5 Ways you could have a more sustainable lifestyle in Guernsey

10th March 2022

Found in: Blog  -  

Author: Locate Guernsey

Being a small island, the environment and sustainability is at the heart of Guernsey’s future plans. We are incredibly focused on protecting our island so that it can be enjoyed for as long as possible. We thought it would be interesting to share some of the sustainable practices taking place in Guernsey to show how islanders are protecting the island for themselves and for the future.

If you are interested in a relocating to Guernsey for a more sustainable lifestyle, please get in touch to find out more.

1. Guernsey Green Finance

In 2019 the States of Guernsey first allocated £300k to We Are Guernsey to set up Guernsey Green Finance – to establish the island as a leader in green and sustainable finance. As responsible citizens of the world, it is Guernsey’s intention to contribute its expertise and experience as a global finance centre through the work of this initiative.

Guernsey Green Finance has assisted with several world-leading products and services, including the world’s first regulated green fund regime, the Guernsey Green Fund, and The International Stock Exchange segment, TISE Sustainable. Guernsey Green Finance has also released multiple research reports on green and sustainable finance and joined international networks including the United Nations Financial Centres for Sustainability.

Guernsey is also home to the annual Sustainable Finance Week, with leading sustainable finance experts from Guernsey and all over the world as guest speakers.

2. Hedge Veg

For around 100 years since the 1870s, tomatoes, which are affectionately known as Guernsey Toms, were picked and exported to England. In the mid-twentieth century, it is estimated that 7% of Guernsey was under glass and nearly half a billion tomatoes were picked and exported, meaning 15% of all tomatoes on the British market at the time came from our little island!

Remnants of our horticultural past still survive today in our rich hedge veg tradition – small roadside stands around the island selling an exciting variety of local produce. As well as spare tomatoes, eggs and flowers being sold on these stalls, occasionally you may even spot chocolate brownies and homemade dog treats!

Unmanned and relying on honesty boxes made from recycled milk churns and jam jars, these stalls highlight Guernsey’s unique charm. Many items on sale are homegrown or handmade products and encourage sustainable packaging, recycling or re-use of jars and containers, for conscience-free shopping!

3. Recycling

Our island community is committed to being as environmentally aware as possible. With the introduction of a new island-wide Waste Management Plan in 2018, Guernsey’s recycling rate is now one of the highest in the world.  Guernsey had initially aimed to hit a 70% recycling rate by 2030, but we had already hit this target by 2019 and by 2020 was at 72%.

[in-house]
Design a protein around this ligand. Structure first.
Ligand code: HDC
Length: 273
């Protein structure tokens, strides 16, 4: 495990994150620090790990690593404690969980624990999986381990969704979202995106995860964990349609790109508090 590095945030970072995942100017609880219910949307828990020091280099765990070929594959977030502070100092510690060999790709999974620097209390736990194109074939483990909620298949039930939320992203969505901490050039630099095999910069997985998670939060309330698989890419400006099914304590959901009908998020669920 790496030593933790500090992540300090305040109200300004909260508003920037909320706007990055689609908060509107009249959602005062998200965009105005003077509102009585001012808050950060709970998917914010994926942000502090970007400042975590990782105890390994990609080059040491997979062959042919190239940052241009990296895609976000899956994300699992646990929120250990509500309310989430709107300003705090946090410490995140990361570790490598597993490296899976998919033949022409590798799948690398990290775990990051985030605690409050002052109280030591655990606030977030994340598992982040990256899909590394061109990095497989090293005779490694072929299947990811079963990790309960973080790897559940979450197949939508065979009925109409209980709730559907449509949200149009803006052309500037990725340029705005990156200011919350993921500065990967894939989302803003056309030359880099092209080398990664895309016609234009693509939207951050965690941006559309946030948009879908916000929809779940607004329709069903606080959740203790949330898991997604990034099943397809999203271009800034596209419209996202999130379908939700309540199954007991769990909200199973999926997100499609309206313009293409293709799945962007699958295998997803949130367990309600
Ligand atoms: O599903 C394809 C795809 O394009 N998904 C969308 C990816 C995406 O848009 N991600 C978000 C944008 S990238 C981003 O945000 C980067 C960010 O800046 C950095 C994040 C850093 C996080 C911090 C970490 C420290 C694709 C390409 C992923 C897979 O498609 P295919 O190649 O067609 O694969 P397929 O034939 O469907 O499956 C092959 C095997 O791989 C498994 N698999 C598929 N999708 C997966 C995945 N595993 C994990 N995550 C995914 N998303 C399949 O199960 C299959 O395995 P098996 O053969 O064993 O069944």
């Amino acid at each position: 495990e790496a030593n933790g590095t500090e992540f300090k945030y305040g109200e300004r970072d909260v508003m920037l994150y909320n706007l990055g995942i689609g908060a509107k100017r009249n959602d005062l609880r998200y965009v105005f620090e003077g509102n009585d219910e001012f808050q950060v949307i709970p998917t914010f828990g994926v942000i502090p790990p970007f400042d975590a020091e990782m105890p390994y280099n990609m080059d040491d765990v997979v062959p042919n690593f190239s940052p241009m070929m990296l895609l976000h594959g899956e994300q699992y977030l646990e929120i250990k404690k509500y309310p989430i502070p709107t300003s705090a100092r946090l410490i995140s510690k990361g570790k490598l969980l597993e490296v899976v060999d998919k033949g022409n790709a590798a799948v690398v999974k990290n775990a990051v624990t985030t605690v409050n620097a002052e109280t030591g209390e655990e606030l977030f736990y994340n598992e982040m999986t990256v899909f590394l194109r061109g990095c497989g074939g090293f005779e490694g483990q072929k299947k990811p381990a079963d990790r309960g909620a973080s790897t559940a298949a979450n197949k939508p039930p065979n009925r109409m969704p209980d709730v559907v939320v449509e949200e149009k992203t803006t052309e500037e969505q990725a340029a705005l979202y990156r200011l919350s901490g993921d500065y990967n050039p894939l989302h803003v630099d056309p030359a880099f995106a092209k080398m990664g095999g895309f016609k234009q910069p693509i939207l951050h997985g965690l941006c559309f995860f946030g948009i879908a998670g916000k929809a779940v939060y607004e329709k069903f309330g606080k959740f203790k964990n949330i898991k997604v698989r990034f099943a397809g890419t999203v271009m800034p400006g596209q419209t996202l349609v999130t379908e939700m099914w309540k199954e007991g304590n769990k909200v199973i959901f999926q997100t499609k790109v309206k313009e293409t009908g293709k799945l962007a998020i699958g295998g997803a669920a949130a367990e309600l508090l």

Our recycling and waste system is very effective and operates across every business and household in the Island. Kerbside collection makes recycling easy and part of our everyday routine, and with chargeable black waste, Islanders have an added incentive to avoid purchasing non-recyclable goods.

4. Local seaweed

Living on an island means being surrounded by the sea, and seaweed has been handpicked from the beaches of Guernsey to be used as fuel and fertiliser for well over 10,000 years.

Known as vraic in Guernésiais, seaweed continues to be sustainably picked by hand from our beaches to this day. Guernsey Seaweed was set up in 2017 as a fertiliser and then together with local entrepreneur and gin maker, Luke Wheadon, they created the world’s first seaweed hand sanitiser in 2020 to serve the island during the COVID-19 pandemic.

The seaweed product range now extends into superfoods and vegan leather with multiple additional strands to the business being added all the time.

5. Electric vehicles

In Guernsey a typical daily mileage is around 14 – 20 miles, and most people only need to charge up once a week because of our short commutes, making electric vehicles the perfect choice for a small island. In 2015 there were only 221 electric and hybrid cars in Guernsey, but thanks to improved infrastructure, in 2020 there were 931 with numbers steadily increasing ever since.

Both private individuals, businesses and organisations are making the conscious decision to introduce electric vehicles into their fleets to reduce running costs and their own climate impact. This includes the Island’s postal service, Guernsey Post, that recently became the first postal operator to have an entire delivery fleet of electric vehicles.  Fewer emissions means cleaner air for Guernsey and reduces the impact on the environment both here and overseas.

There are four States of Guernsey owned electric vehicle charging sites with businesses also starting to install their own charging points for their customers. For more information, please visit the States of Guernsey website.

If you are interested in a relocating to Guernsey for a more sustainable lifestyle, please get in touch to find out more.

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